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When Cajetan Xavier sold his ten-year-old Vespa to buy a ten-year-old Maruti 800 it came as no surprise to the other residents of St. Jerome’s Colony in Dona Paula. The wiry frame of Cajetan putt-putting on his aging scooter up the steep slope before the National Institute of Oceanography and in the hash-mark streets of Panjim was a familiar sight. In the colony itself he was a well-known figure as he tinkered with the old scooter, injecting it with a few more months of sustenance in his crowded makeshift garage, or as he rode up the slope to his house, the chassis, backseat, and handlebars loaded with bags of his weekly provisions. Other residents passing by in their swanky cars would often gesture if he needed any help with his load, but Caji was an independent sort and he would simply wave them on. They were now pleased and relieved to see him in the comparative safety of his car. A secondhand car, undoubtedly, but still safer than that old, rundown Vespa.

Cajetan was quite content to live all alone at St. Jerome’s with a few daguerreotypes of his ancestors in tailcoats, hoary moustaches, and hats hanging from the walls of his dining room. He hired no maids and did his own frugal cooking, swept and swabbed his own floors, and kept his garbage out in the green and black dustbins provided by the Panjim municipal corporation. He attended Sunday Mass regularly in the village chapel nearby in his grey suit, off-white shirt, striped tie, and slightly scuffed shoes—his apparel never changing in all the years he had attended Mass at the chapel. The other residents of St. Jerome’s, who were not in the least bit surprised when he bought the secondhand car, wondered if he possessed another suit or formal shirt and tie.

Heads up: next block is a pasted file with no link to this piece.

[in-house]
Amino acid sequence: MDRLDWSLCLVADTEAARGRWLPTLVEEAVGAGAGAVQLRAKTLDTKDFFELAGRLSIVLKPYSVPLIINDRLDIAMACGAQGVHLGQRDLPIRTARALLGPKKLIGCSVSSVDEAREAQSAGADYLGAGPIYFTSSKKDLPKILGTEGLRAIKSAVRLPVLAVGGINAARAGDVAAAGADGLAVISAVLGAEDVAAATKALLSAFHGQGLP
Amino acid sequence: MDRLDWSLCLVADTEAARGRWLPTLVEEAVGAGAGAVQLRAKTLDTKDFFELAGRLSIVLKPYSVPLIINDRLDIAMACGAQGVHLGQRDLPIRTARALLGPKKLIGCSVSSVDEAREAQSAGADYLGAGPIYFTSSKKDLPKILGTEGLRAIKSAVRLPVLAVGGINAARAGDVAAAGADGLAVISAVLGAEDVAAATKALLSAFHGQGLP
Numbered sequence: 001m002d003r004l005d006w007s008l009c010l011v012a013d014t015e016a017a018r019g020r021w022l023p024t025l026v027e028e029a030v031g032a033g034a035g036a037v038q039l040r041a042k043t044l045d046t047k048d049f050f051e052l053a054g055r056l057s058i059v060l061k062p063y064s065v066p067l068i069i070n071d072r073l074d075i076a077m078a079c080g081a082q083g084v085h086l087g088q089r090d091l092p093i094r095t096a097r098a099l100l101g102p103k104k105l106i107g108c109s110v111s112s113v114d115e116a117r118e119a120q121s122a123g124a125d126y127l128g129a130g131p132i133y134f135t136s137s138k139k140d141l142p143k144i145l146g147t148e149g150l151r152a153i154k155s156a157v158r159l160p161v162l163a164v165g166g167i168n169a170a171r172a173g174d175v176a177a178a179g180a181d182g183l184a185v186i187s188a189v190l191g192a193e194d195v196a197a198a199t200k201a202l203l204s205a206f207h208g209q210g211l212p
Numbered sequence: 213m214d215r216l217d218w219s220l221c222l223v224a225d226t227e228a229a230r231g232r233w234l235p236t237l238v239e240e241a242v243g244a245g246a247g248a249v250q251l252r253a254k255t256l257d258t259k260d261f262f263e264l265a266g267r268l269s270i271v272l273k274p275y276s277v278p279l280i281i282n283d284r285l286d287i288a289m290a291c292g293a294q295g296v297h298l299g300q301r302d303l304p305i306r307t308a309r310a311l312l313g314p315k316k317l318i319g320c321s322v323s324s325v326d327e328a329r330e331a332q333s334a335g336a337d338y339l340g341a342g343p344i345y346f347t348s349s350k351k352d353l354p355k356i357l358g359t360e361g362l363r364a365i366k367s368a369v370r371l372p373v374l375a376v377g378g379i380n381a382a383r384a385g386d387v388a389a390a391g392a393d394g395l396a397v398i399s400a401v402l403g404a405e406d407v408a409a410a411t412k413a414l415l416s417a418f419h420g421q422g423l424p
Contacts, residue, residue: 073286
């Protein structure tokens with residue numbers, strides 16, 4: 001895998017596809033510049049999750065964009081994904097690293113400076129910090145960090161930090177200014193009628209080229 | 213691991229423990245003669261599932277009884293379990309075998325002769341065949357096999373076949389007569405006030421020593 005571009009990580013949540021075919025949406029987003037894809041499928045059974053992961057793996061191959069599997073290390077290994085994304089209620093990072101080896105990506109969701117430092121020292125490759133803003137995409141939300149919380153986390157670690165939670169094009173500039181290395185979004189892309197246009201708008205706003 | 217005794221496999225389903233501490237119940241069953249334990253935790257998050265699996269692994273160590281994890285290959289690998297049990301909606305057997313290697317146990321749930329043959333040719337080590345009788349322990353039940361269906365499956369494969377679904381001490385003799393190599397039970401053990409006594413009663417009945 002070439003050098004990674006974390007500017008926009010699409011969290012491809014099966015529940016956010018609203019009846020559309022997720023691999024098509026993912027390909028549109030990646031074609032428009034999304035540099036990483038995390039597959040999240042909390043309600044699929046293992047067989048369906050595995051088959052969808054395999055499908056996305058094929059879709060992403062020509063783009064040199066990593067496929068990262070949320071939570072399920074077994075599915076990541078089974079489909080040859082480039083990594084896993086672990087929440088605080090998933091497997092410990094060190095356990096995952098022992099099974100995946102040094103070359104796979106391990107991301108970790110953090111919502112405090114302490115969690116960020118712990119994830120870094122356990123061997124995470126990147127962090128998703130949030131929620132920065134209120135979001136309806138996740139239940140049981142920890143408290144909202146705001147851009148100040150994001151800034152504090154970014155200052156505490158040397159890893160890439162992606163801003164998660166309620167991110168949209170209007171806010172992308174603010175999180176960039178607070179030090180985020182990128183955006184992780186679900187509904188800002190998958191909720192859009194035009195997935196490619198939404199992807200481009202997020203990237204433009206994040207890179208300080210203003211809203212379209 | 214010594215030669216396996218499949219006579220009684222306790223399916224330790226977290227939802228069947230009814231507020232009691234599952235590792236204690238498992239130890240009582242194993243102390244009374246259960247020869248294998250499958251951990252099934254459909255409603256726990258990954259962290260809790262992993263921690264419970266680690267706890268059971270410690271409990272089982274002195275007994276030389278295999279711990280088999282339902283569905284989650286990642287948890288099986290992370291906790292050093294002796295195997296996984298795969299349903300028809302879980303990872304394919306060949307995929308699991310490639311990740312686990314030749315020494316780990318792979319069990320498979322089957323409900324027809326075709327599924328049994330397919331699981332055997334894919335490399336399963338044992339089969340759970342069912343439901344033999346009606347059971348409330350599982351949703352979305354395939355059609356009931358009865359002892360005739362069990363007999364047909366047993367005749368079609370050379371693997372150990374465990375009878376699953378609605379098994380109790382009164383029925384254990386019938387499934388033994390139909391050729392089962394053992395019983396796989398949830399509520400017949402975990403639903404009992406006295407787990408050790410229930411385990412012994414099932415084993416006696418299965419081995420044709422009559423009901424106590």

Behind his back they often passed catty comments. On his latest acquisition one said: “Maybe the government in Lisbon has doubled his pension.”

“At last I think he has dipped into his savings . . . Such a skinflint,” said another.

“Why can’t he buy something new for a change? Even on installments . . .” said his immediate neighbor, Hector Gonsalves.

That last comment, even given its waspish tone, was most pertinent. Ever since Cajetan had settled in the colony all those years ago, none of the residents could recall him buying anything new. His purchase of the secondhand car after the sale of his secondhand scooter had followed a set pattern. His fellow residents knew that all the furniture in his house had been bought secondhand, some of it from the previous owner of the house and other pieces from households who had migrated to the Middle East or to Canada. The fans, the refrigerator, the cooking gas stove, and the mixer-juicer had all been bought from previous owners. There were rumors in the colony that even his clothes, including the Sunday suit and shoes, had been bought secondhand from Chor Bazaar in Bombay. No one knew for sure the antecedents of his crockery and cutlery. Some of the residents were even convinced that they had all been bequeathed to him by some kind families in Beira. To be fair to the Jeromites (as they called themselves), they were not off the mark on the used origins of Caji’s belongings, and on his cognomen “Mr. Secondhand.”